From home burglaries to high-profile homicides, criminals didn't stand a chance when Don Enger was on the case.

Enger was a tenacious detective for 31 years with the Edina Police Department and later with the Bureau of Criminal Apprehension (BCA) and the Ramsey County Sheriff's Office.

He was known as a "down-to-the-ground boot cop" who used his sleuthing skills and strong relationships in the law enforcement community to crack some of the most difficult crimes, including the killings of teenagers Katie Poirier and Callie Jo Larson, both in 1999.

"He was the best detective ever, skillful," said Al Garber, who worked with Enger as an FBI supervisor and later police chief in Champlin. "He could work with anybody and any agency. He was a good investigator. He knew how to find things out."

Enger, formerly of Chaska and most recently of New Richmond, Wis., died July 24 after a tumor developed in his lungs. He was 73.

Enger grew up in Minneapolis and graduated from Minnehaha Academy. He attended St. Cloud State University and Minnesota State University, Mankato. At 18, he started working in the Edina parks department and worked with the engineering department before joining the city's police force in 1966. He quickly rose to the rank of detective.

He solved two of the city's most notorious cases, the murder of Beverly Thompson by her husband in 1987, and Charlie Bathel, who claimed he had found a dead man on the side of a highway but later confessed to the killing. In the 1980s, Enger cracked cases involving burglars who had stolen fine art from homes and caught the thieves involved in several home invasions.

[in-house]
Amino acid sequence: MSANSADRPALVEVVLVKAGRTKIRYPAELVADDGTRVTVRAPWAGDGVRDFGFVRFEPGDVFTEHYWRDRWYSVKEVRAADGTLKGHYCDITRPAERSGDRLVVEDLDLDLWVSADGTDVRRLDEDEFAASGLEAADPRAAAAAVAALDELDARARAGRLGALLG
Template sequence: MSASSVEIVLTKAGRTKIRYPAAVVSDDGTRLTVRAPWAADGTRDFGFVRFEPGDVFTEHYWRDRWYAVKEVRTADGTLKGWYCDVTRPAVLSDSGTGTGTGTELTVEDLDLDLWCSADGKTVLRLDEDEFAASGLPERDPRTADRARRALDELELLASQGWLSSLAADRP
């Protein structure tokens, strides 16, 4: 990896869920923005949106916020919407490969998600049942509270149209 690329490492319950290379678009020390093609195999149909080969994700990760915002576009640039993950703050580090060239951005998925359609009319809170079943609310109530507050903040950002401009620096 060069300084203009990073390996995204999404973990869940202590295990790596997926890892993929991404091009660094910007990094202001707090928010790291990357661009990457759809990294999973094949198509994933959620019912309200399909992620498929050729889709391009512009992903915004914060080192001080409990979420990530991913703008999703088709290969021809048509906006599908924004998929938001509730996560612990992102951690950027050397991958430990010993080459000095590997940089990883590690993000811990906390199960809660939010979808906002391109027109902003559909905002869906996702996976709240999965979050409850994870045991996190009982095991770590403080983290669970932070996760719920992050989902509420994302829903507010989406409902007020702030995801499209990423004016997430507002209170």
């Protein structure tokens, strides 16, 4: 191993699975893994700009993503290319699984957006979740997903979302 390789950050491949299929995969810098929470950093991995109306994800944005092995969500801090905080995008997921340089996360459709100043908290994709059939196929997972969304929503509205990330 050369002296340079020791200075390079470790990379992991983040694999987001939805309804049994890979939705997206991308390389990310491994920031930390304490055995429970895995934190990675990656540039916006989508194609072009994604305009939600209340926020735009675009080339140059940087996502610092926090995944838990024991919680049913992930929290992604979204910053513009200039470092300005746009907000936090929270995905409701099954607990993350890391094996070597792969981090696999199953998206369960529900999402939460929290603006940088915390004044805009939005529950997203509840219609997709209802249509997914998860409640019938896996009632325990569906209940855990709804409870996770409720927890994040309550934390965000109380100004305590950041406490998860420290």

"He would not sleep until he solved these cases," said Edina Sgt. Kevin Rofidal. "He worked until he figured out who did it."

Enger left Edina in 1997 to work as a homicide detective for the BCA, where he investigated the headline cases of Poirier, who was abducted from a Moose Lake gas station, and Larson, who was stabbed and strangled in her Waseca home.

"He was really great at asking the right questions," said Jeff Hansen, Enger's partner at the BCA. "He was tenacious and hard-nosed."

When he could not solve a case, he knew whom he could call. His deep network of friendships was witnessed by the more than 200 visitors who stopped by his hospital bed in the days before his death.

Enger left the BCA in 2001 and finished his career with Ramsey County, retiring in 2004.

No matter where he went, Enger was an advocate for victims, tireless in seeking justice for them, said Lt. Mike Nibbe, an Edina detective and co-worker.

"It was impressive that way," Nibbe said. "He was relentless, a nice guy to have on your side."

Outside the police station, Enger was an outdoorsman who loved hunting, fishing, snowmobiling, trapshooting and horses. He often took trips to the Boundary Waters Canoe Area Wilderness, Lake Superior and Lake Mille Lacs.

Enger was active at Mount Olivet Lutheran Church in Minneapolis and often helped his father at a camp run by the church. He was one of 90 foster kids his parents took in. He was later adopted by them. Enger then adopted his daughter, Lisa.

Besides his daughter, Enger is survived by his wife, Susan; sisters Alice Tobie, Patricia Enger and Sheryl Lee, and foster brother Jeff Hofford.

Memorial services will be held at 11 a.m. Monday at Bethany Lutheran Church, 415 Bridge Av., Star Prairie, Wis. Visitation will be held one hour before the service. A second service will be held at 11 a.m. Aug. 12 at Christ Presbyterian Church, 6901 Normandale Road, Edina, with visitation at 10 a.m.